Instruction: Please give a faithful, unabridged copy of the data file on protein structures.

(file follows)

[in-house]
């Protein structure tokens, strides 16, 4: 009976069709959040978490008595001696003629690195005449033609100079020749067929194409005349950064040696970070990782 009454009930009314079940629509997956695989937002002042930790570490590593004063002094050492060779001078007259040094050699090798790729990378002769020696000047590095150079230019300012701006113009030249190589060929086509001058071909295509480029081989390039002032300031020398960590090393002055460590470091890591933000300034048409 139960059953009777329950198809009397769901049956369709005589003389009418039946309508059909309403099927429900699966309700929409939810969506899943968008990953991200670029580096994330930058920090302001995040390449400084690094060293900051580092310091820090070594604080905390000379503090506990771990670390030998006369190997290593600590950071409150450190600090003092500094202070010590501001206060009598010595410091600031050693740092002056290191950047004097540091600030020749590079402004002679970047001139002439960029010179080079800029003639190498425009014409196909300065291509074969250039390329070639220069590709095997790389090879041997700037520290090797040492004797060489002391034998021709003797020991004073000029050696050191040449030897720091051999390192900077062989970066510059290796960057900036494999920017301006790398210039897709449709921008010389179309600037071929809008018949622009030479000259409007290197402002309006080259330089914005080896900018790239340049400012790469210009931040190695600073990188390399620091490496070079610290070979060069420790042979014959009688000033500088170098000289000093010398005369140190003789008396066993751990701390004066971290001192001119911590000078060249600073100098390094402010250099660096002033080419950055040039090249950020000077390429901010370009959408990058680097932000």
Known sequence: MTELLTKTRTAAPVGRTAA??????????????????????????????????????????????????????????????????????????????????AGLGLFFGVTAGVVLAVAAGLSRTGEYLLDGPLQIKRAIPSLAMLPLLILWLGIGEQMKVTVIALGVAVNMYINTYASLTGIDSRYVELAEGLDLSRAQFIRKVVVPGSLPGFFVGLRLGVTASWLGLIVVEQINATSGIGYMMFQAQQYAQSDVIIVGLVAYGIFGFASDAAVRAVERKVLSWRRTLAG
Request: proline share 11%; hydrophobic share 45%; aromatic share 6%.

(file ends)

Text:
[in-house]
């Protein structure tokens, strides 16, 4: 009976069709959040978490008595001696003629690195005449033609100079020749067929194409005349950064040696970070990782 009454009930009314079940629509997956695989937002002042930790570490590593004063002094050492060779001078007259040094050699090798790729990378002769020696000047590095150079230019300012701006113009030249190589060929086509001058071909295509480029081989390039002032300031020398960590090393002055460590470091890591933000300034048409 139960059953009777329950198809009397769901049956369709005589003389009418039946309508059909309403099927429900699966309700929409939810969506899943968008990953991200670029580096994330930058920090302001995040390449400084690094060293900051580092310091820090070594604080905390000379503090506990771990670390030998006369190997290593600590950071409150450190600090003092500094202070010590501001206060009598010595410091600031050693740092002056290191950047004097540091600030020749590079402004002679970047001139002439960029010179080079800029003639190498425009014409196909300065291509074969250039390329070639220069590709095997790389090879041997700037520290090797040492004797060489002391034998021709003797020991004073000029050696050191040449030897720091051999390192900077062989970066510059290796960057900036494999920017301006790398210039897709449709921008010389179309600037071929809008018949622009030479000259409007290197402002309006080259330089914005080896900018790239340049400012790469210009931040190695600073990188390399620091490496070079610290070979060069420790042979014959009688000033500088170098000289000093010398005369140190003789008396066993751990701390004066971290001192001119911590000078060249600073100098390094402010250099660096002033080419950055040039090249950020000077390429901010370009959408990058680097932000």
Known sequence: MTELLTKTRTAAPVGRTAA??????????????????????????????????????????????????????????????????????????????????AGLGLFFGVTAGVVLAVAAGLSRTGEYLLDGPLQIKRAIPSLAMLPLLILWLGIGEQMKVTVIALGVAVNMYINTYASLTGIDSRYVELAEGLDLSRAQFIRKVVVPGSLPGFFVGLRLGVTASWLGLIVVEQINATSGIGYMMFQAQQYAQSDVIIVGLVAYGIFGFASDAAVRAVERKVLSWRRTLAG
Request: proline share 11%; hydrophobic share 45%; aromatic share 6%.